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“He edited what was my first and, happily, last piece of financial marketing literature, and after our wedding I started working full time on a novel,” she wrote to Morrison of that period.

It was shortly thereafter that the couple entered the rarest lore of high-tech startups. Bezos wanted to quit his job at D.E. Shaw to take a chance on selling books over the primitive dial-up version of the internet. Given the financial instability of her teenage years, it would have been understandable if Scott had discouraged him from taking the risk. She not only supported his dream, but also worked alongside him to build the company.

“I’m not a businessperson, but to me what I am hearing when he tells that idea is the passion and the excitement,” Scott has said. “Couldn’t wait to hop in the car.”

The car was a Chevy Blazer, a gift from Bezos’ father. The two flew to Fort Worth, Texas, where they picked it up. Then, she drove them to Seattle while Bezos worked on the business plan in the passenger seat. They rented a house in nearby Bellevue, where Amazon was founded in the garage in 1994.

“The new news is that last July Jeff and I moved from New York to Seattle, where I’ve spent most of my time helping him start a business selling books over the Internet,” she wrote in a letter to Morrison in 1995. “Our customers can browse an electronic catalog of 1.4 million titles by author, title, subject, and keywords and place orders via computer. It’s an interesting business, and, on the whole, having a part-time job has been good for my writing.”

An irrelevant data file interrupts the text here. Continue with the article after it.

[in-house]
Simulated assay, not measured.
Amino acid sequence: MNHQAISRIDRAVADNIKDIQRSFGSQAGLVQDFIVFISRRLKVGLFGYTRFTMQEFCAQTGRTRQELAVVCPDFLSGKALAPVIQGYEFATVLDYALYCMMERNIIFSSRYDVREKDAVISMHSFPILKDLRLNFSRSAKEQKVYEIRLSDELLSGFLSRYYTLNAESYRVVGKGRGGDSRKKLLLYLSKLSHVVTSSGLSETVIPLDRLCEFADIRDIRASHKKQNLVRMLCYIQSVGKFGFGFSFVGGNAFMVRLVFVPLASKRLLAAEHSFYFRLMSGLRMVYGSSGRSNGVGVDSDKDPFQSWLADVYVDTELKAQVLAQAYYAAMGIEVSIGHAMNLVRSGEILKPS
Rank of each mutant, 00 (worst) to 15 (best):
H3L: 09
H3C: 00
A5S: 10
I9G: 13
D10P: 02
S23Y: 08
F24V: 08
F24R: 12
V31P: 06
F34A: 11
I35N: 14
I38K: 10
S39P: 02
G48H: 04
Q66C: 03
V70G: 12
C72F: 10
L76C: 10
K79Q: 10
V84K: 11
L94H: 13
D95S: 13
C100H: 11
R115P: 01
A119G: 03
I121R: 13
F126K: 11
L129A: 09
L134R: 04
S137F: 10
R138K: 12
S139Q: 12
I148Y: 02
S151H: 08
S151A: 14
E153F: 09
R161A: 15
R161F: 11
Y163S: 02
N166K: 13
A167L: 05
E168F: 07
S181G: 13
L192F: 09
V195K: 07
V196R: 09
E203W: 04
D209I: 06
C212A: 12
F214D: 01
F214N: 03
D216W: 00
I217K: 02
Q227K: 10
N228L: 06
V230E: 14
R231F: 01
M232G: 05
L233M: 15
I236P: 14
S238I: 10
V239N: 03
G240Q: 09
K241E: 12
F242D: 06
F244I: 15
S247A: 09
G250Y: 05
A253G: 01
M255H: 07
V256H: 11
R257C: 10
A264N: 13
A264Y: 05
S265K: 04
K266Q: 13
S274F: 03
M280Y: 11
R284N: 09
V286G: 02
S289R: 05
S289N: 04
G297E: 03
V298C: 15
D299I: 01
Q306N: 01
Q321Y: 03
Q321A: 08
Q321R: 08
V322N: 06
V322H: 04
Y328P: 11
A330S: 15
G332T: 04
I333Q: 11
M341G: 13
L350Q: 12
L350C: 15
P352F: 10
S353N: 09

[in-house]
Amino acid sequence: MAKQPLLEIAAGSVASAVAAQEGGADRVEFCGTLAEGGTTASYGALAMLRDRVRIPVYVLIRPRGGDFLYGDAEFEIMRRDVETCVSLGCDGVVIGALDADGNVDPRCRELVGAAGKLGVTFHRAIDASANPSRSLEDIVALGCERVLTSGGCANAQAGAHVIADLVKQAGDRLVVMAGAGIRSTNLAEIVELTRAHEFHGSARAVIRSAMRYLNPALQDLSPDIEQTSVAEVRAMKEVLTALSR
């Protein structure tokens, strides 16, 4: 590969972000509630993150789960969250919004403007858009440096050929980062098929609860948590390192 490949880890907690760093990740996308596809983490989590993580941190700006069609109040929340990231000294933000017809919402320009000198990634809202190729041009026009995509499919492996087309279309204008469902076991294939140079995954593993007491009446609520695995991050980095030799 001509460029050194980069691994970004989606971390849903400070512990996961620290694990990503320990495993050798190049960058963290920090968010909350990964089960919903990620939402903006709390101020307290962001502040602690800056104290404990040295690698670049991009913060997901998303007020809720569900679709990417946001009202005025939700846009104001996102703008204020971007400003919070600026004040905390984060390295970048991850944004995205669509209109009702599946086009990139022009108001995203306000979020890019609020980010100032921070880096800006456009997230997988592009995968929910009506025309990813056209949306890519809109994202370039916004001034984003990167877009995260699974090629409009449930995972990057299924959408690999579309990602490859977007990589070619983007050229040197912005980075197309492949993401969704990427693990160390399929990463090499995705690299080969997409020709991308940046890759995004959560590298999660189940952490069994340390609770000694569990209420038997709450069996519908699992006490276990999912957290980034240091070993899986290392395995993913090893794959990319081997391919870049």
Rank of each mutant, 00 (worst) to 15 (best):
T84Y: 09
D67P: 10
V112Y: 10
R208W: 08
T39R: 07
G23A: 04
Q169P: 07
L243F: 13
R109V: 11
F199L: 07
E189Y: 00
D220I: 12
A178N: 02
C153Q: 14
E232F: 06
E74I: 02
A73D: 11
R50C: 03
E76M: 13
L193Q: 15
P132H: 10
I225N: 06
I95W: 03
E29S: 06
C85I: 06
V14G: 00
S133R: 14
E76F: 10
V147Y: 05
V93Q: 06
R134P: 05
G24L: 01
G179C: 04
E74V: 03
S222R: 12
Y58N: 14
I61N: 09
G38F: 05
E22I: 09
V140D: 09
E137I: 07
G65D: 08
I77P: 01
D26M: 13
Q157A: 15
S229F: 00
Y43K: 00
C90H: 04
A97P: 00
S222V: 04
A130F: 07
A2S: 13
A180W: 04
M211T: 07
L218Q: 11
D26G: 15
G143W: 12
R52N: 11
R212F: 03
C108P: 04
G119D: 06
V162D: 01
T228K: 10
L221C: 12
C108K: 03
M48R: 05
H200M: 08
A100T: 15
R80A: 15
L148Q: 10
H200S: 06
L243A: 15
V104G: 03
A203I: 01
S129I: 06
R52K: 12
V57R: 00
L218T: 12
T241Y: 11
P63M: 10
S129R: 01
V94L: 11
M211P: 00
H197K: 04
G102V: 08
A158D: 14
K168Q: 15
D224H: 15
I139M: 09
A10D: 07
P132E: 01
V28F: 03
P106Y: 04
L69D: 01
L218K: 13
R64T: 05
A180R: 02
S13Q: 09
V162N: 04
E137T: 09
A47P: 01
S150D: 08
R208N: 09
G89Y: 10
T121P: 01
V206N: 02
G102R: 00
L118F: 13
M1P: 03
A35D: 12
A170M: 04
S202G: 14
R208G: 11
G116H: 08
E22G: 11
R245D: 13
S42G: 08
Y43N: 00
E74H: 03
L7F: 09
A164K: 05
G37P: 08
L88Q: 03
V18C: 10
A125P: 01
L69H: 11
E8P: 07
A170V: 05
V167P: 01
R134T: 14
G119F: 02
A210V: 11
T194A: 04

But she also started taking a writing seminar at the University of Washington. “Very pleasant and serious,” the instructor, Carole Glickfeld, recalled in an interview. “She really wanted constructive criticism.”

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Friends remembered the couple as fun-loving, big on books but also other forms of culture. At one point they paid for 50 friends to take part in a scavenger hunt at the Metropolitan Museum of Art for Bezos’ birthday.

Amazon was Bezos’ dream, and Scott did not give up on her own dream of writing novels. She left the company, making appearances at holiday parties and summer picnics, and began working on her fiction full time again. Bezos later said he would find her writing in hotel bathrooms when he woke up on vacation. She finished a draft of her first novel as her due date for their first child approached.

“You should know that I don’t feel I got there,” she wrote to Morrison in 2000. “But I do feel I got to a point well-suited to some perspective-fostering maternity leave and a dose of serious criticism from willing readers.”

She continued sending drafts to Morrison, thanking her every time for reading the latest version, and she kept up with a family tradition of sending Thanksgiving cards. “As you revise, I am at your service if, and only if, you want me to be,” Morrison had written in a three-page typed letter of suggestions for her manuscript, a copy of which is in her archive at Princeton. She said that she was usually glad not to have to line edit for a living anymore. “But then, then … there’s a writer out there named MacKenzie and the profound pleasure of editing comes rushing back.”

Scott’s first book, “The Testing of Luther Albright,” based in part on her undergraduate thesis about Luther Augery, took her close to a decade to complete.

She had advantages over other first-time authors when the novel came out in 2005. Now a Nobel laureate, Morrison connected her own powerful agent, Amanda Urban, with her mentee and even gave her a coveted blurb for the cover of the book.